Oats Go Big: Oatly plans US stock market listing

March 17, 2021


3 min read

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What's going on here?

Swedish alt-milk brand Oatly is planning a stock market listing in the US. The company is hoping for a valuation of around $10bn.

What does this mean?

Global demand for plant-based milk alternatives is soaring as more and more people are trying vegan and vegetarian diets to cut back on animal products. Oatly has been advantageously positioned within this field of growth. Sales were close to doubling to $200m in 2019 and predictions were circulating that suggested the same growth would be achieved in 2020. Such enormous growth could be put down to Oatly’s expansion in recent years beyond plant-based milk. It also offers plant-based ice cream, yoghurt, custard and cold coffee. 

In the last week of February 2021, Oatly stated that it had submitted a confidential filing for an IPO with the US Securities and Exchange Commission. Whilst it is currently uncertain, sources report that the brand is looking at a New York listing.

What's the big picture effect?

The underlying theme of this story is the growth that dairy alternatives are seeing. In the US alone, total sales of non-dairy milk rose by 23% to an estimated $2.2bn in 2020. Consumers are continually embracing plant-based products, in particular those derived from nuts, seeds and grains. Almond milk alone contributed to $1.3bn of the US sales figure last year, and oat-based products tripled in the US in 2020 to $288m; oats overtook soya as the second most popular plant-based milk.

Such vast growth will not go unnoticed among European plant-based brands. France’s Danone has already branched out from its traditional dairy roots to plant-based alternatives such as the Alpro brand, and London-based organic dairy-free alt-milk brand Rude Health has an expansive product range including oat, almond, rice, coconut, cashew and even tiger nut milk. Rude Health saw PepsiCo acquire a minority stake in its business in 2020, which is likely to pit it against brands like Oatly that are vying for continued growth. This will only make the industry more competitive.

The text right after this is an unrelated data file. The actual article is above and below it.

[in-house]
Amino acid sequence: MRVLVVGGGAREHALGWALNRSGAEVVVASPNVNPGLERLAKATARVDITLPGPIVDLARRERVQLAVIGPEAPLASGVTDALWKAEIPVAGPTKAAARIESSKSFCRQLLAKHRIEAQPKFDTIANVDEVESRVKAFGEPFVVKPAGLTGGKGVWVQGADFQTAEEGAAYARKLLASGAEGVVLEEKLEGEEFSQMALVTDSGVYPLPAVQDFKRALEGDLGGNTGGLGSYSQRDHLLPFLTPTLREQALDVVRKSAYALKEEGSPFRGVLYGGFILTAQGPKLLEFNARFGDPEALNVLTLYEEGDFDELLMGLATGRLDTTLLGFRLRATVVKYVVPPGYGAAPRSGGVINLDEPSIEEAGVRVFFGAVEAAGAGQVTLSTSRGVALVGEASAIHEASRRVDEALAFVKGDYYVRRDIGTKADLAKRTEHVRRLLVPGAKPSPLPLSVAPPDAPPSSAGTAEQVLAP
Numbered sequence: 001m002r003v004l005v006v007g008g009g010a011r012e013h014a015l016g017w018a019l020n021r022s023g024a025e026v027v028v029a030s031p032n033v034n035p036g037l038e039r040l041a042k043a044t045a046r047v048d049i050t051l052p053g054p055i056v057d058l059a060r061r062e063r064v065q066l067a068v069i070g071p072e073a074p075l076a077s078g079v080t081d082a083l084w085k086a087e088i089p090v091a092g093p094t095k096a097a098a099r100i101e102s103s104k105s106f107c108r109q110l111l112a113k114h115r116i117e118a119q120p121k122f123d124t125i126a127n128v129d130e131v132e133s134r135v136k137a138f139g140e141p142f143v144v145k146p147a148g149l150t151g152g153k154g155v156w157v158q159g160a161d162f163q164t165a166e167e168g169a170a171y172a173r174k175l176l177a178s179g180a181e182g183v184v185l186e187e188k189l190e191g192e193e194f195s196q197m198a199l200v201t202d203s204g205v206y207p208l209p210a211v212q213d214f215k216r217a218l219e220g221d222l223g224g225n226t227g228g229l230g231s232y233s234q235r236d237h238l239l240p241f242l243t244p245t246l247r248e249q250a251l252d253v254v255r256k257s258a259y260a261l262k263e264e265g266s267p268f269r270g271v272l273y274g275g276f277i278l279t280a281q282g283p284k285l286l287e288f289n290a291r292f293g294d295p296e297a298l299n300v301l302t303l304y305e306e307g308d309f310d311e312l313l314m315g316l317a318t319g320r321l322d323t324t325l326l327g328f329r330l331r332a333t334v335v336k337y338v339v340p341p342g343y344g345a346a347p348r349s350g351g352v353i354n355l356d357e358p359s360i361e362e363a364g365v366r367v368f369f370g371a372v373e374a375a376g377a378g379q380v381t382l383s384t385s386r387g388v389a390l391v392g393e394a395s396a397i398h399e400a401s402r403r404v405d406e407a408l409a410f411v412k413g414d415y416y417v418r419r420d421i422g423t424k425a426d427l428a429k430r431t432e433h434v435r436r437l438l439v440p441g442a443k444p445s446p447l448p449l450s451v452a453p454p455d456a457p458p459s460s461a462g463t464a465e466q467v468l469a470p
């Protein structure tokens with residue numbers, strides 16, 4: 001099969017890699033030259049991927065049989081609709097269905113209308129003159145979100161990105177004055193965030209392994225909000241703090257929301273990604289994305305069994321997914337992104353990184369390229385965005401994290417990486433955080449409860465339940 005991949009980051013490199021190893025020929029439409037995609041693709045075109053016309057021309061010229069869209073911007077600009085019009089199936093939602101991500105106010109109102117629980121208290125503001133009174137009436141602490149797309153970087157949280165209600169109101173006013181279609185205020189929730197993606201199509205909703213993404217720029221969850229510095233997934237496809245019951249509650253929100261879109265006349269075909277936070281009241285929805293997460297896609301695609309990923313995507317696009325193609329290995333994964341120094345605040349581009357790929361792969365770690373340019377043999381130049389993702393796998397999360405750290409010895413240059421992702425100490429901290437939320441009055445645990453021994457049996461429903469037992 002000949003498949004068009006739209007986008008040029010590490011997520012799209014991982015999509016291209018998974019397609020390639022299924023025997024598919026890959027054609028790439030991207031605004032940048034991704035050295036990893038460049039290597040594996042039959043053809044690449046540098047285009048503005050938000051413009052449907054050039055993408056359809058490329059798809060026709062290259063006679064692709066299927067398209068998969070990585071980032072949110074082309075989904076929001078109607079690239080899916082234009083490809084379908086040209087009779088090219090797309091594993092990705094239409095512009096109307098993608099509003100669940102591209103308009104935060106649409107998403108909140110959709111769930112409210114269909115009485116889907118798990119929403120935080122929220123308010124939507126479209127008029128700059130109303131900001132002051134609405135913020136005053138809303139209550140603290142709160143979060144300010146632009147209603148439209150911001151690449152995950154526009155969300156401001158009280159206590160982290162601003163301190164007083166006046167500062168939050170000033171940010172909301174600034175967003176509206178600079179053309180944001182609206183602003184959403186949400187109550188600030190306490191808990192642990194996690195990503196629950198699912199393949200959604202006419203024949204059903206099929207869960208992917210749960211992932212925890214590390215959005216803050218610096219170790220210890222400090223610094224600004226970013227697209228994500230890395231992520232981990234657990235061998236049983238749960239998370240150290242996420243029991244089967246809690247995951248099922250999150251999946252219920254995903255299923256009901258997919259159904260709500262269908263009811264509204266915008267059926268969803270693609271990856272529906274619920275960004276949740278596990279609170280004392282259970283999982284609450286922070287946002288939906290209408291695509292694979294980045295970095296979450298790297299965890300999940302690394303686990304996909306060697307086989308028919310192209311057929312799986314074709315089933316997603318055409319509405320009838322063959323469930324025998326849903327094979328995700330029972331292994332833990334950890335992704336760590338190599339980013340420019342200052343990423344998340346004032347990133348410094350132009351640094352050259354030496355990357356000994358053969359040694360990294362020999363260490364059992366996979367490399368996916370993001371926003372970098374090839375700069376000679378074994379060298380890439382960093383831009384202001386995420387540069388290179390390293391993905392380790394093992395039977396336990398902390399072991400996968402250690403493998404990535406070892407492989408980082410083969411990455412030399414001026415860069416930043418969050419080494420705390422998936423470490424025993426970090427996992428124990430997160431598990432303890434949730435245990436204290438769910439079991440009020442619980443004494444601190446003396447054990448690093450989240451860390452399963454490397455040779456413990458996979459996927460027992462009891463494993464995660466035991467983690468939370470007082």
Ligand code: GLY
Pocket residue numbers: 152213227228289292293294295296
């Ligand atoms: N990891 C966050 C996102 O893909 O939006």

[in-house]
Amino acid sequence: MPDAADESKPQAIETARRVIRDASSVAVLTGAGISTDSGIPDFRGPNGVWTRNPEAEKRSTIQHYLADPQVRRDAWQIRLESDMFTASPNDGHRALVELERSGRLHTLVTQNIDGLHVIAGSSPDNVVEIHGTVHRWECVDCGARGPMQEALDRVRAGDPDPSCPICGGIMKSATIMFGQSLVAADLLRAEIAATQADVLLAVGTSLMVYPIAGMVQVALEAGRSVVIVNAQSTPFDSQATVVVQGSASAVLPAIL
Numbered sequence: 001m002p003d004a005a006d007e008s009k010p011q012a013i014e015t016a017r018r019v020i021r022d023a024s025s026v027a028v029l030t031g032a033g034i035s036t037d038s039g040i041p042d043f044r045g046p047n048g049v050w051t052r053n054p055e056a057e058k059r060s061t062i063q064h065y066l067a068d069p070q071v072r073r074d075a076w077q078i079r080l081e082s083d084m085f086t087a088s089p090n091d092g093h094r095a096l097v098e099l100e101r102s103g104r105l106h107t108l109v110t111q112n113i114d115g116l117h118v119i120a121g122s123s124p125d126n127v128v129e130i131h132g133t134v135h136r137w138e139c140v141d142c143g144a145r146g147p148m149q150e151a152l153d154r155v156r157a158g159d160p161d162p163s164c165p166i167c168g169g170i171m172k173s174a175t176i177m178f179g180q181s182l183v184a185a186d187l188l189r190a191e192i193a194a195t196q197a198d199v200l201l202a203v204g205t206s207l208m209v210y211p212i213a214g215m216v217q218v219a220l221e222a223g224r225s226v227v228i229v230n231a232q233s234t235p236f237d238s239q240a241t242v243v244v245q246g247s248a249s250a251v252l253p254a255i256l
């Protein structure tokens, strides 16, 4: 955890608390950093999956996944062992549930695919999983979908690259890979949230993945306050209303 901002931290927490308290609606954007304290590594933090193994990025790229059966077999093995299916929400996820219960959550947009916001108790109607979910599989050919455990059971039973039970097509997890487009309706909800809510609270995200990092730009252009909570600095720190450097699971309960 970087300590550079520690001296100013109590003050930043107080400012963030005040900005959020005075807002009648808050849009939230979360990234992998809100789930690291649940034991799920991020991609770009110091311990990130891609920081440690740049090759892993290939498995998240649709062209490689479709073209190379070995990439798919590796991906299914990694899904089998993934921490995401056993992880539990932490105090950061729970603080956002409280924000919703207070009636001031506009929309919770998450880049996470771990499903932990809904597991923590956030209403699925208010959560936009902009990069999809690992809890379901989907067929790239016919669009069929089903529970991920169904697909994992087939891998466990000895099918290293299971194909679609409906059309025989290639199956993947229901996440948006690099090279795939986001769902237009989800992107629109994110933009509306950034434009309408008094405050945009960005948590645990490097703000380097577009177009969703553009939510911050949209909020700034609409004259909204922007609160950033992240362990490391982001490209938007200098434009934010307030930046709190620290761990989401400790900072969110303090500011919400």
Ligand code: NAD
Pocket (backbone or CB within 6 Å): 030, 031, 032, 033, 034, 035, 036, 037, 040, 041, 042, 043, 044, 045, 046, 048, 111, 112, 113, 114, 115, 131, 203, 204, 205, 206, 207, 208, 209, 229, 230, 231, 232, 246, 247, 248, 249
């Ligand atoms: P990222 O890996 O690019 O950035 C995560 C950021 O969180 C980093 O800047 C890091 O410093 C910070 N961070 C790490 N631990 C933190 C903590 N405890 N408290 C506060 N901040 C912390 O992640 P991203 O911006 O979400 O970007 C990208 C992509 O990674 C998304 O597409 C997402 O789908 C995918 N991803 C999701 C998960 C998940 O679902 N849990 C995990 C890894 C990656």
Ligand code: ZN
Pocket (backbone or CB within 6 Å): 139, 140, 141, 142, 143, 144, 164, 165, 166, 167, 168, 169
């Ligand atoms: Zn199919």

One potential concern regarding the listing is the backlash Oatly has faced previously as a result of its investors. Whilst the brand boasts celebrity names on its investment portfolio, which include Oprah Winfrey, Natalie Portman and Jay-Z, Oatly came under fire from consumers in 2020 following its decision to accept investment from Blackstone, a leading global investment company. Blackstone has faced criticism in the past for its lack of commitment to sustainability in its investments. In an age where ESG (environmental, social and corporate goverance) is enjoying global prevalence, businesses that are failing to commit to external sustainability and climate change agreements may find themselves losing out on business in the long term. This, of course, is rather ironic in relation to Oatly, being a brand focused on plant-based alternatives (which reduce carbon emissions sizably in comparison to animal-based food production), which should mean that it would look for sustainable investors. Therefore, those looking to invest in Oatly when it floats may be put off by its commitment to investors that have an ethos that goes against the grain of its business model. Pardon the pun.

 Despite there being a limited number of details on the prospective IPO at present, investors have a hot possibility to consider with Oatly. Plant-based alternatives are only going to grow, particularly amid the increasing importance of sustainability in the context of climate change. Note that the US has re-entered the Paris Agreement; this may now be a point of great importance for companies looking to float in the US and gain investor confidence across the pond – after all, to look good nowadays is to comply with sustainable investment.

Report written by Evangeline Taylor

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